We’ve all been there, that race on the horizon that we signed up for 9 months ago looms and there’s just not enough time in the day to fit in all the training we want or feel like we need to do in order to be ready for it. If there were infinite time for us to train we all have an idea of what our ultimate potential might look like, and we all think that we could achieve so much more with extra hours in the day. Well, after being on both sides, I will tell you that more time doesn’t always translate to better fitness or faster times. Being time crunched can actually benefit your overall fitness in several ways and result in your best performances if you know how to structure your training to get the most out of what you have.
Surprisingly, ample time to train can often have the opposite effect on our fitness. Many of us have the tendency to use all the available time we have to reach our goals and end up over trained. Time constraints can help us avoid burnout and overtraining. Or, if you’re like me and tend to procrastinate when faced with excess time and without a set daily schedule, we putz around until it’s too late and don’t have time to get in all that we wanted. I tend to be more motivated the busier I am, the more time crunched, and with more on my plate.
Increase the Intensity
Not everyday can be, or should be, a hard workout. Easy days are absolutely necessary for us to improve our fitness after those hard days that break us down. However, if you’re really time crunched you need to make every run count. The key is to reduce your overall training volume and increase the intensity of your runs. This works well with a short term goal. Eventually you’ll need a period of easy to moderate aerobic running to restore your aerobic capacity for long term fitness. Doing too much high aerobic to anaerobic work over a long period of time will have a detrimental training effect by reducing your endurance, but short term it is quite effective training. This results in an efficient workout regimen without much wasted time. Below is a sample week of higher intensity training that accommodates a reduction in overall training time. You can apply your personalized volume and paces to the general structure of the week.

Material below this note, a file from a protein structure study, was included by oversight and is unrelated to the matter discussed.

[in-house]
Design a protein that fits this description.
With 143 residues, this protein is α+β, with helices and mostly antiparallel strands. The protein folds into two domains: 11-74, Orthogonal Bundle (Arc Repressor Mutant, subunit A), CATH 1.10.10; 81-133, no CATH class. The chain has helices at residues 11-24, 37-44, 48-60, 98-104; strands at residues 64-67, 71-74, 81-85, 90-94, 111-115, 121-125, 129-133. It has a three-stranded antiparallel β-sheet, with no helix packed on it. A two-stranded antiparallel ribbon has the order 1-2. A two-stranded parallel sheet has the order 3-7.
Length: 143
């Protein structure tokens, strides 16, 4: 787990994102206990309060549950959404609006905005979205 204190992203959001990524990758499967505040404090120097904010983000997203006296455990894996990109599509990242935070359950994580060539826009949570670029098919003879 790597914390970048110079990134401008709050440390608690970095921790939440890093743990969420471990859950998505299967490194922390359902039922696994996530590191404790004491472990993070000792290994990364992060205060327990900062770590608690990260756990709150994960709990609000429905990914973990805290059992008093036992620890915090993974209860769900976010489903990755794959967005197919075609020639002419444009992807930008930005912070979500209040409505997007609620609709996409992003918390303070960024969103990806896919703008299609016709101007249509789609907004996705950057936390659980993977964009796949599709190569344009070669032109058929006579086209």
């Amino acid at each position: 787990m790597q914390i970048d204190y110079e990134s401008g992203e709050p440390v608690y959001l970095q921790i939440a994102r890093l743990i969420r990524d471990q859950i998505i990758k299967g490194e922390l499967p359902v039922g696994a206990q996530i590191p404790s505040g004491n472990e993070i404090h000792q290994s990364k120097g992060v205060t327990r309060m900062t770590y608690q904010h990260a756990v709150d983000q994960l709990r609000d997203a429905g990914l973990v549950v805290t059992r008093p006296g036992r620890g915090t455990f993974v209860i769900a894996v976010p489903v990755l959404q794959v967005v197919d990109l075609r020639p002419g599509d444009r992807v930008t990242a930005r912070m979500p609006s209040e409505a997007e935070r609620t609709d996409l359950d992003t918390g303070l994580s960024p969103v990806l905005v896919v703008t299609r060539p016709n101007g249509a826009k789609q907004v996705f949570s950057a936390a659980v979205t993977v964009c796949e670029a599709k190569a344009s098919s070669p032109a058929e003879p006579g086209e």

Start Smart and Slow
A few minutes on the front end will reap rewards on the back end. When we do have an intense session of intervals to do, professional athletes can take an hour or more just to warm up and prepare their body for the actual work they need to get done. With the end of the lunch hour approaching, you have to train fast and most of us don’t want to spend time on a warm-up routine, we just want to get some good work in. The trade off is that a good warm-up will help you get more quality work from the workout and reduce injury. How do we do both? By creating an efficient routine that works for you. A few minutes of jogging is crucial. It helps get blood flowing to muscles and oxygen circulating through our blood. Second, prepare your muscles for hard work with a series of active-isolated stretches and dynamic stretches that can be done in about 5-7 minutes. Hit the four main muscle groups that you’ll be using: glutes, hamstrings, calves, and quads. You’ll be ready to roll in no time and will help reduce your injury risk.